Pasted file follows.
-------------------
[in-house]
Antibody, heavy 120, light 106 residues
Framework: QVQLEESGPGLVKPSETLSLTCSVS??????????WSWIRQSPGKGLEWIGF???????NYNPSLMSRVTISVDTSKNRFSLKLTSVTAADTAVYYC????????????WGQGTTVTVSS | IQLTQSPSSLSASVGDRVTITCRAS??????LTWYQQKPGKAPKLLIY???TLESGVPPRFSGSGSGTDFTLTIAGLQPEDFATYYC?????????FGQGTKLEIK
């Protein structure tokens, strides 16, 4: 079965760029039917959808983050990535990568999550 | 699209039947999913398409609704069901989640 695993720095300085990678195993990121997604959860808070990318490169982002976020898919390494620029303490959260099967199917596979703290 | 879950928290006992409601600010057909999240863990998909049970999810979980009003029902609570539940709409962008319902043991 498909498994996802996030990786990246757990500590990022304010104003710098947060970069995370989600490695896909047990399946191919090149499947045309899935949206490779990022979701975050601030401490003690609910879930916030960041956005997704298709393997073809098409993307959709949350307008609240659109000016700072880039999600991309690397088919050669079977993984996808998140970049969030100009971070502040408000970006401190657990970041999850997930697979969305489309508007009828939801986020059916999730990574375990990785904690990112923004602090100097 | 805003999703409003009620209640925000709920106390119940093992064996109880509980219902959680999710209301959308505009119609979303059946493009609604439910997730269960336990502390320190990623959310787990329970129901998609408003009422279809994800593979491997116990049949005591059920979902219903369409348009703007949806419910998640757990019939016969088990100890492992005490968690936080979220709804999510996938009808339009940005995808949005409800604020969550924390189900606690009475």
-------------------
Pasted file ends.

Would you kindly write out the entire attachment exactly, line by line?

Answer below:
[in-house]
Antibody, heavy 120, light 106 residues
Framework: QVQLEESGPGLVKPSETLSLTCSVS??????????WSWIRQSPGKGLEWIGF???????NYNPSLMSRVTISVDTSKNRFSLKLTSVTAADTAVYYC????????????WGQGTTVTVSS | IQLTQSPSSLSASVGDRVTITCRAS??????LTWYQQKPGKAPKLLIY???TLESGVPPRFSGSGSGTDFTLTIAGLQPEDFATYYC?????????FGQGTKLEIK
């Protein structure tokens, strides 16, 4: 079965760029039917959808983050990535990568999550 | 699209039947999913398409609704069901989640 695993720095300085990678195993990121997604959860808070990318490169982002976020898919390494620029303490959260099967199917596979703290 | 879950928290006992409601600010057909999240863990998909049970999810979980009003029902609570539940709409962008319902043991 498909498994996802996030990786990246757990500590990022304010104003710098947060970069995370989600490695896909047990399946191919090149499947045309899935949206490779990022979701975050601030401490003690609910879930916030960041956005997704298709393997073809098409993307959709949350307008609240659109000016700072880039999600991309690397088919050669079977993984996808998140970049969030100009971070502040408000970006401190657990970041999850997930697979969305489309508007009828939801986020059916999730990574375990990785904690990112923004602090100097 | 805003999703409003009620209640925000709920106390119940093992064996109880509980219902959680999710209301959308505009119609979303059946493009609604439910997730269960336990502390320190990623959310787990329970129901998609408003009422279809994800593979491997116990049949005591059920979902219903369409348009703007949806419910998640757990019939016969088990100890492992005490968690936080979220709804999510996938009808339009940005995808949005409800604020969550924390189900606690009475």